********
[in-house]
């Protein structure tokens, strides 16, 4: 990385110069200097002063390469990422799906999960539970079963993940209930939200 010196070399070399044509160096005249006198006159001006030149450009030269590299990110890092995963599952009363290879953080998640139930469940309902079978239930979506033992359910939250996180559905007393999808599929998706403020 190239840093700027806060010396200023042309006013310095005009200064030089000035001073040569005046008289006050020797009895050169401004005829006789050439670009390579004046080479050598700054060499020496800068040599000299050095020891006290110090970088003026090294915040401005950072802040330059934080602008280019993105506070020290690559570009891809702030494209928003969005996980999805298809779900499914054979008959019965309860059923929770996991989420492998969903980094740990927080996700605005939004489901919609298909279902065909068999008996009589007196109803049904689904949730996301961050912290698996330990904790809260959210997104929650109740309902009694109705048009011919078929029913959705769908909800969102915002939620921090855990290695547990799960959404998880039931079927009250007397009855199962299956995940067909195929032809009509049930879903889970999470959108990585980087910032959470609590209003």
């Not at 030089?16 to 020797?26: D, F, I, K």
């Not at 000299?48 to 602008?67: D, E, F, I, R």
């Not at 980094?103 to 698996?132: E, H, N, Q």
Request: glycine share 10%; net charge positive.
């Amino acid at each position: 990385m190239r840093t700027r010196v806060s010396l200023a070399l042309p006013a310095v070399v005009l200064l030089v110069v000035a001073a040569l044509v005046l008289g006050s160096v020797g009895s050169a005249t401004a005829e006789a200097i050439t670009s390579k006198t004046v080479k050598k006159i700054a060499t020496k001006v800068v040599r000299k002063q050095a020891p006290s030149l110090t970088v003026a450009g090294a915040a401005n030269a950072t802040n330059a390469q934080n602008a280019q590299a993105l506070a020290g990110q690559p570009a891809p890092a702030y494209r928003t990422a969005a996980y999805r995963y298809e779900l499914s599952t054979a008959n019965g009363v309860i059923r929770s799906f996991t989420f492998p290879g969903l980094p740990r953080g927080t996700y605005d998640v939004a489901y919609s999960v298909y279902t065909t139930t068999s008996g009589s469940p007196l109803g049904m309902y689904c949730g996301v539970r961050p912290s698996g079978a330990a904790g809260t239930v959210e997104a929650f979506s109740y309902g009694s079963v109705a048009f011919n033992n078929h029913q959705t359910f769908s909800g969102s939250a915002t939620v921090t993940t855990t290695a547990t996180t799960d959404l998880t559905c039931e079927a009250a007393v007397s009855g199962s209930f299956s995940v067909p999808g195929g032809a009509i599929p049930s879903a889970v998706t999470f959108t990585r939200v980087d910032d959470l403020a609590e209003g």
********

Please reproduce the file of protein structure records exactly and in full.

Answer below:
[in-house]
């Protein structure tokens, strides 16, 4: 990385110069200097002063390469990422799906999960539970079963993940209930939200 010196070399070399044509160096005249006198006159001006030149450009030269590299990110890092995963599952009363290879953080998640139930469940309902079978239930979506033992359910939250996180559905007393999808599929998706403020 190239840093700027806060010396200023042309006013310095005009200064030089000035001073040569005046008289006050020797009895050169401004005829006789050439670009390579004046080479050598700054060499020496800068040599000299050095020891006290110090970088003026090294915040401005950072802040330059934080602008280019993105506070020290690559570009891809702030494209928003969005996980999805298809779900499914054979008959019965309860059923929770996991989420492998969903980094740990927080996700605005939004489901919609298909279902065909068999008996009589007196109803049904689904949730996301961050912290698996330990904790809260959210997104929650109740309902009694109705048009011919078929029913959705769908909800969102915002939620921090855990290695547990799960959404998880039931079927009250007397009855199962299956995940067909195929032809009509049930879903889970999470959108990585980087910032959470609590209003």
């Not at 030089?16 to 020797?26: D, F, I, K």
């Not at 000299?48 to 602008?67: D, E, F, I, R």
């Not at 980094?103 to 698996?132: E, H, N, Q």
Request: glycine share 10%; net charge positive.
């Amino acid at each position: 990385m190239r840093t700027r010196v806060s010396l200023a070399l042309p006013a310095v070399v005009l200064l030089v110069v000035a001073a040569l044509v005046l008289g006050s160096v020797g009895s050169a005249t401004a005829e006789a200097i050439t670009s390579k006198t004046v080479k050598k006159i700054a060499t020496k001006v800068v040599r000299k002063q050095a020891p006290s030149l110090t970088v003026a450009g090294a915040a401005n030269a950072t802040n330059a390469q934080n602008a280019q590299a993105l506070a020290g990110q690559p570009a891809p890092a702030y494209r928003t990422a969005a996980y999805r995963y298809e779900l499914s599952t054979a008959n019965g009363v309860i059923r929770s799906f996991t989420f492998p290879g969903l980094p740990r953080g927080t996700y605005d998640v939004a489901y919609s999960v298909y279902t065909t139930t068999s008996g009589s469940p007196l109803g049904m309902y689904c949730g996301v539970r961050p912290s698996g079978a330990a904790g809260t239930v959210e997104a929650f979506s109740y309902g009694s079963v109705a048009f011919n033992n078929h029913q959705t359910f769908s909800g969102s939250a915002t939620v921090t993940t855990t290695a547990t996180t799960d959404l998880t559905c039931e079927a009250a007393v007397s009855g199962s209930f299956s995940v067909p999808g195929g032809a009509i599929p049930s879903a889970v998706t999470f959108t990585r939200v980087d910032d959470l403020a609590e209003g």